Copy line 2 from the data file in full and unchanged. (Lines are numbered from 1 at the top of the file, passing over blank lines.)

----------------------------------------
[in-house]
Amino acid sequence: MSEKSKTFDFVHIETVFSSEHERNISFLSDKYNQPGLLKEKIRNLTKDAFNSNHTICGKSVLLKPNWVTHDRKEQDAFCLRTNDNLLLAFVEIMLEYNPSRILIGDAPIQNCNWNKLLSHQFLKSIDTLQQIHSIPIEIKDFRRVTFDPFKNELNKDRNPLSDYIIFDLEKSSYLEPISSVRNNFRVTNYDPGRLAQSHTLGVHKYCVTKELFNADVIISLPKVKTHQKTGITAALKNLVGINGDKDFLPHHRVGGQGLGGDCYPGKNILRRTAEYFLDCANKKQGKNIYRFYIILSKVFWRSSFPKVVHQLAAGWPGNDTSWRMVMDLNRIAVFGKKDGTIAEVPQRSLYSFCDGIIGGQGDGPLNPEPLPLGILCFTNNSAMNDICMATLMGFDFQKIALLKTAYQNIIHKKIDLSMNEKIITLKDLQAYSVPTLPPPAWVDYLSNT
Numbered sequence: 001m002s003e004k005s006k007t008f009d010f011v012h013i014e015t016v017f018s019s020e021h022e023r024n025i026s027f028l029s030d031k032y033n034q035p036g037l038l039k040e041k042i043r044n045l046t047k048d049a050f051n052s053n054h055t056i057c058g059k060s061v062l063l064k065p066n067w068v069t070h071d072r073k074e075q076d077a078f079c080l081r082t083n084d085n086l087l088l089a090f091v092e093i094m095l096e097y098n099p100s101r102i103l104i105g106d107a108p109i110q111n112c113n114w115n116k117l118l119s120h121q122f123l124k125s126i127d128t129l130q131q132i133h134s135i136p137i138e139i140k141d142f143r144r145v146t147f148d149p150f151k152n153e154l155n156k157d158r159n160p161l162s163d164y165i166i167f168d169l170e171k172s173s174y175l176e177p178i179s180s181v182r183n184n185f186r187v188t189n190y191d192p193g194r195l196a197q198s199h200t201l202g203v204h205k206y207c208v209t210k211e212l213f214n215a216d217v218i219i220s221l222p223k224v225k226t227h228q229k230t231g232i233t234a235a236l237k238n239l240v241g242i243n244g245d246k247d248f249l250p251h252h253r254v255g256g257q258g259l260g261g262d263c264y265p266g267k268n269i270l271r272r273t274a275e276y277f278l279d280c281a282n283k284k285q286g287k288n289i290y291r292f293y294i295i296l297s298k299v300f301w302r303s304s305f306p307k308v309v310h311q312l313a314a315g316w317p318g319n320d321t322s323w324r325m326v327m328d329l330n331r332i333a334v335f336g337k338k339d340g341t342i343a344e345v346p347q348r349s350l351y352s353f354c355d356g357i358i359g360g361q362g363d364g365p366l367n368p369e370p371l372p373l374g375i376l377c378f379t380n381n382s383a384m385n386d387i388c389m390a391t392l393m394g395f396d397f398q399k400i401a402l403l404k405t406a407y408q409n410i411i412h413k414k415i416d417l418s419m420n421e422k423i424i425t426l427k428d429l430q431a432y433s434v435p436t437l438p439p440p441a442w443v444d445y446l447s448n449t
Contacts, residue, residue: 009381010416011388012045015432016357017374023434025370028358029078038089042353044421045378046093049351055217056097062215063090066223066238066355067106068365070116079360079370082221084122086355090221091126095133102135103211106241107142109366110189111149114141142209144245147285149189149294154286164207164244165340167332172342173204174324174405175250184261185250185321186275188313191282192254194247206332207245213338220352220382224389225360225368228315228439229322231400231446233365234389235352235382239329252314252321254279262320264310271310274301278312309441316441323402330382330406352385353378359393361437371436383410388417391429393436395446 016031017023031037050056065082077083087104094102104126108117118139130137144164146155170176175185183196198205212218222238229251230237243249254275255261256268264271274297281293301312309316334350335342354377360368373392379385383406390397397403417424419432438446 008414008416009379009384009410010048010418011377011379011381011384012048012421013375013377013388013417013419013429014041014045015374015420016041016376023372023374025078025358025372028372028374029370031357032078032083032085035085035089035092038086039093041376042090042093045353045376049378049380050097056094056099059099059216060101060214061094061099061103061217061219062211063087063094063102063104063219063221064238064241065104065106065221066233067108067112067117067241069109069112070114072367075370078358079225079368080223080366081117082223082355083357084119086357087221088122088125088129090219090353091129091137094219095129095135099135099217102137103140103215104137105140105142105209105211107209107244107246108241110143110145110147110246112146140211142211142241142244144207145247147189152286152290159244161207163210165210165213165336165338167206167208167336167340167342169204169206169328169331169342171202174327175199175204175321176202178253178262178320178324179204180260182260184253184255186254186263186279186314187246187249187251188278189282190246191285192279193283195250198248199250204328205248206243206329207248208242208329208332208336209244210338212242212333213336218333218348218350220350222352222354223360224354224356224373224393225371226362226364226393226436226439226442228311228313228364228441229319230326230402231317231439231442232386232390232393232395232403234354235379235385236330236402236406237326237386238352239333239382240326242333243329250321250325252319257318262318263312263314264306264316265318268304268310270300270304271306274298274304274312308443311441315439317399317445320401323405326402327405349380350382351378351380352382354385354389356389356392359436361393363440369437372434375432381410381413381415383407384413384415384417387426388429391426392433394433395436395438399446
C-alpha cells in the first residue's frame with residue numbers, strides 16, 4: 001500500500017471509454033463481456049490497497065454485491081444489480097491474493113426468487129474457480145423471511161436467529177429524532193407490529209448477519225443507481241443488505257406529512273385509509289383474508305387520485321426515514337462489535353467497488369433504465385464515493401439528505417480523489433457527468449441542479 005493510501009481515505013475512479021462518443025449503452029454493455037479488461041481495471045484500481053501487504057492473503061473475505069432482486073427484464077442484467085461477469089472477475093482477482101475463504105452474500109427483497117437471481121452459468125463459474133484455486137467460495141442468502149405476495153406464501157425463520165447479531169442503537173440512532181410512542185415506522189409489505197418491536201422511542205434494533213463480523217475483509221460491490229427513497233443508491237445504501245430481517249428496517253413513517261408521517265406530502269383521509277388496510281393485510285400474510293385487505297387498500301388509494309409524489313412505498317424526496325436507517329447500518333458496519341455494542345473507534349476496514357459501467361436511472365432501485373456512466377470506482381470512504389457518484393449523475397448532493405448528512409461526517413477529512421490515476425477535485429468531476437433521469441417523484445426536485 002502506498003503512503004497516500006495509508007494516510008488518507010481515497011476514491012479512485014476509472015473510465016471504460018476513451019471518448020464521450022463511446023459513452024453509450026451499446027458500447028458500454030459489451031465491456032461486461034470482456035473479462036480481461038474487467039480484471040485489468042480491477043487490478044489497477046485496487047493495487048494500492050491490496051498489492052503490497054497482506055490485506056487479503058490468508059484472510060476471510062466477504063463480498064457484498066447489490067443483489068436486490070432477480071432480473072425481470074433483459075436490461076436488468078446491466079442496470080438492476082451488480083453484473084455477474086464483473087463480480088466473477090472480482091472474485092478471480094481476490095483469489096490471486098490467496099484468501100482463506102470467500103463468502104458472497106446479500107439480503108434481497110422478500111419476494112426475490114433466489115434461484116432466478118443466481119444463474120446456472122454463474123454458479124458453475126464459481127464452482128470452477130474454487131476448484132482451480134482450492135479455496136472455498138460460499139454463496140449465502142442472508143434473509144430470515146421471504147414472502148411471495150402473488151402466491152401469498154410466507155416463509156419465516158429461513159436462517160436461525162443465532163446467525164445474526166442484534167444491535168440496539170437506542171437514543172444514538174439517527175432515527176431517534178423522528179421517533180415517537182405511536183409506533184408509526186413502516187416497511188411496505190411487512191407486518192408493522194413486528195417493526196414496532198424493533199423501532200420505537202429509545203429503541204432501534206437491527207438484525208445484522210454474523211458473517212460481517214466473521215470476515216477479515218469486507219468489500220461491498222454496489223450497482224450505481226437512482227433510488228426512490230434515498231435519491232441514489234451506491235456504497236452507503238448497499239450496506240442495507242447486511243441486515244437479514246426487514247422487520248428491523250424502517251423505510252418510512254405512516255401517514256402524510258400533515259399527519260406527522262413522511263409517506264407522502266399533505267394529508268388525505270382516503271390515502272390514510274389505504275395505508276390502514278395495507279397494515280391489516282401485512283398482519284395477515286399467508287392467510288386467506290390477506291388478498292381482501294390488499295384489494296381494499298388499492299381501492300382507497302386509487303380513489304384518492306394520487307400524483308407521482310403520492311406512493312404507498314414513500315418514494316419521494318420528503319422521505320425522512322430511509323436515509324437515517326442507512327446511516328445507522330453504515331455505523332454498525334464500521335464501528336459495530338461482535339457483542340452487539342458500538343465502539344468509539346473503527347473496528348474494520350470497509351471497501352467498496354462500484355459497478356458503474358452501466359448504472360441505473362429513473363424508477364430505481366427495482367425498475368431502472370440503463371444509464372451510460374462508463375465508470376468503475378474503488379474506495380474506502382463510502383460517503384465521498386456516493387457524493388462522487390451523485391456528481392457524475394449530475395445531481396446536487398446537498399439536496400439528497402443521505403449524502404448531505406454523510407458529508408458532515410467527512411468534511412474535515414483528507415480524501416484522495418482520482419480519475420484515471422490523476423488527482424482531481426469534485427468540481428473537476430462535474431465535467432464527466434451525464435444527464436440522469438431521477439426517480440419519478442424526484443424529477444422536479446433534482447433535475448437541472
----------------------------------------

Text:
Amino acid sequence: MSEKSKTFDFVHIETVFSSEHERNISFLSDKYNQPGLLKEKIRNLTKDAFNSNHTICGKSVLLKPNWVTHDRKEQDAFCLRTNDNLLLAFVEIMLEYNPSRILIGDAPIQNCNWNKLLSHQFLKSIDTLQQIHSIPIEIKDFRRVTFDPFKNELNKDRNPLSDYIIFDLEKSSYLEPISSVRNNFRVTNYDPGRLAQSHTLGVHKYCVTKELFNADVIISLPKVKTHQKTGITAALKNLVGINGDKDFLPHHRVGGQGLGGDCYPGKNILRRTAEYFLDCANKKQGKNIYRFYIILSKVFWRSSFPKVVHQLAAGWPGNDTSWRMVMDLNRIAVFGKKDGTIAEVPQRSLYSFCDGIIGGQGDGPLNPEPLPLGILCFTNNSAMNDICMATLMGFDFQKIALLKTAYQNIIHKKIDLSMNEKIITLKDLQAYSVPTLPPPAWVDYLSNT